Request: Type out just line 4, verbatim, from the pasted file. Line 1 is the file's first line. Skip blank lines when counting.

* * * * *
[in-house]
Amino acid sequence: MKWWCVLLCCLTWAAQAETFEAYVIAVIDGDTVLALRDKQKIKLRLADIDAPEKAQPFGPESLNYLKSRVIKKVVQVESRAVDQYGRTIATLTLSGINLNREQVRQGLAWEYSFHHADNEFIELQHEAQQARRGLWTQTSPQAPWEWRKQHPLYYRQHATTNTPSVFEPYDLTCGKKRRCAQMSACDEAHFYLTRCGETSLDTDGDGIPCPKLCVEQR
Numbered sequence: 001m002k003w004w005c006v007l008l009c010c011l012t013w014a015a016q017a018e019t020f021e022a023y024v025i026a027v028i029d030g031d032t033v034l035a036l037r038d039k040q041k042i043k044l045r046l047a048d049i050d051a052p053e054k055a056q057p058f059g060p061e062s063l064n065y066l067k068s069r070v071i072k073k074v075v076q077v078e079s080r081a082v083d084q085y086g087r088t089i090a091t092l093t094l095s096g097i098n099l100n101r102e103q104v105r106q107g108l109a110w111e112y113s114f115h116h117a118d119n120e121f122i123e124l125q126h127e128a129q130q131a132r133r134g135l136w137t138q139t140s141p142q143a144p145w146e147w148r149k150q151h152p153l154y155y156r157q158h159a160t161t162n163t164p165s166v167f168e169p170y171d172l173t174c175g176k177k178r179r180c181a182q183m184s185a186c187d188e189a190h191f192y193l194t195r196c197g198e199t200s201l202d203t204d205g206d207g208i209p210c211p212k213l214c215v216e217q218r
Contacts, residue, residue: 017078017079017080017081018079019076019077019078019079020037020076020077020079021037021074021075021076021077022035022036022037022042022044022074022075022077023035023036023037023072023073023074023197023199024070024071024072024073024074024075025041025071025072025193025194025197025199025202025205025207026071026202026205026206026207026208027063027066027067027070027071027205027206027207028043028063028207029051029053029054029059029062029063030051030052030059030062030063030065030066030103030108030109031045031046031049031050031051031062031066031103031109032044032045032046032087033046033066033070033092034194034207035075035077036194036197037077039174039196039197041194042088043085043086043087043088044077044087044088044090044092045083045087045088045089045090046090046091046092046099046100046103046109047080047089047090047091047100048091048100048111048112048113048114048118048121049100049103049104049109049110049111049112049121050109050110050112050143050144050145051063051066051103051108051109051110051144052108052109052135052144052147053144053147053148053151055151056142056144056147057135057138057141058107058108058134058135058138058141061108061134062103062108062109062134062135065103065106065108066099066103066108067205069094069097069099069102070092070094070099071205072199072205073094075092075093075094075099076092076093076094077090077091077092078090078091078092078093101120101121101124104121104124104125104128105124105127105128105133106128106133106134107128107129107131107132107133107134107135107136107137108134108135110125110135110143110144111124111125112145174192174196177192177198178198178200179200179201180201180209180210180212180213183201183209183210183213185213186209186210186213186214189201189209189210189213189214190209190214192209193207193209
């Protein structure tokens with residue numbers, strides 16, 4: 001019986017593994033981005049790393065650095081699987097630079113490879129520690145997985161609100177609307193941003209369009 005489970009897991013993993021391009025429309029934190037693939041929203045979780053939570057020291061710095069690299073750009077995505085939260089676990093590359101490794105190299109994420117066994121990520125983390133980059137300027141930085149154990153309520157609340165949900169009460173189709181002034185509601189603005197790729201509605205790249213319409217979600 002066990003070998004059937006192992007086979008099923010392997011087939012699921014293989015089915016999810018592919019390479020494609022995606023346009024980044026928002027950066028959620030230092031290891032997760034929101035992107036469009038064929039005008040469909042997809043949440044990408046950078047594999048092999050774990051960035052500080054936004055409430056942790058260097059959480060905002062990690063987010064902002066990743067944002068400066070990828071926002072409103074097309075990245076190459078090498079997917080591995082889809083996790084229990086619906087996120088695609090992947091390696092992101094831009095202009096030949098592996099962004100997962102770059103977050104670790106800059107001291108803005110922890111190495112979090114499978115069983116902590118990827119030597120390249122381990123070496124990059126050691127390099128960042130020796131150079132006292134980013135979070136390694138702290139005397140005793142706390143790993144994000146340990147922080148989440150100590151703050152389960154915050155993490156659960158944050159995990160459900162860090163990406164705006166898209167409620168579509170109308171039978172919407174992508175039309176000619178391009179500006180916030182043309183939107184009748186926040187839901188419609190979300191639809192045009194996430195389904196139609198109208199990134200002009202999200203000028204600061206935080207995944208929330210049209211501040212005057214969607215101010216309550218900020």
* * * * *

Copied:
Contacts, residue, residue: 017078017079017080017081018079019076019077019078019079020037020076020077020079021037021074021075021076021077022035022036022037022042022044022074022075022077023035023036023037023072023073023074023197023199024070024071024072024073024074024075025041025071025072025193025194025197025199025202025205025207026071026202026205026206026207026208027063027066027067027070027071027205027206027207028043028063028207029051029053029054029059029062029063030051030052030059030062030063030065030066030103030108030109031045031046031049031050031051031062031066031103031109032044032045032046032087033046033066033070033092034194034207035075035077036194036197037077039174039196039197041194042088043085043086043087043088044077044087044088044090044092045083045087045088045089045090046090046091046092046099046100046103046109047080047089047090047091047100048091048100048111048112048113048114048118048121049100049103049104049109049110049111049112049121050109050110050112050143050144050145051063051066051103051108051109051110051144052108052109052135052144052147053144053147053148053151055151056142056144056147057135057138057141058107058108058134058135058138058141061108061134062103062108062109062134062135065103065106065108066099066103066108067205069094069097069099069102070092070094070099071205072199072205073094075092075093075094075099076092076093076094077090077091077092078090078091078092078093101120101121101124104121104124104125104128105124105127105128105133106128106133106134107128107129107131107132107133107134107135107136107137108134108135110125110135110143110144111124111125112145174192174196177192177198178198178200179200179201180201180209180210180212180213183201183209183210183213185213186209186210186213186214189201189209189210189213189214190209190214192209193207193209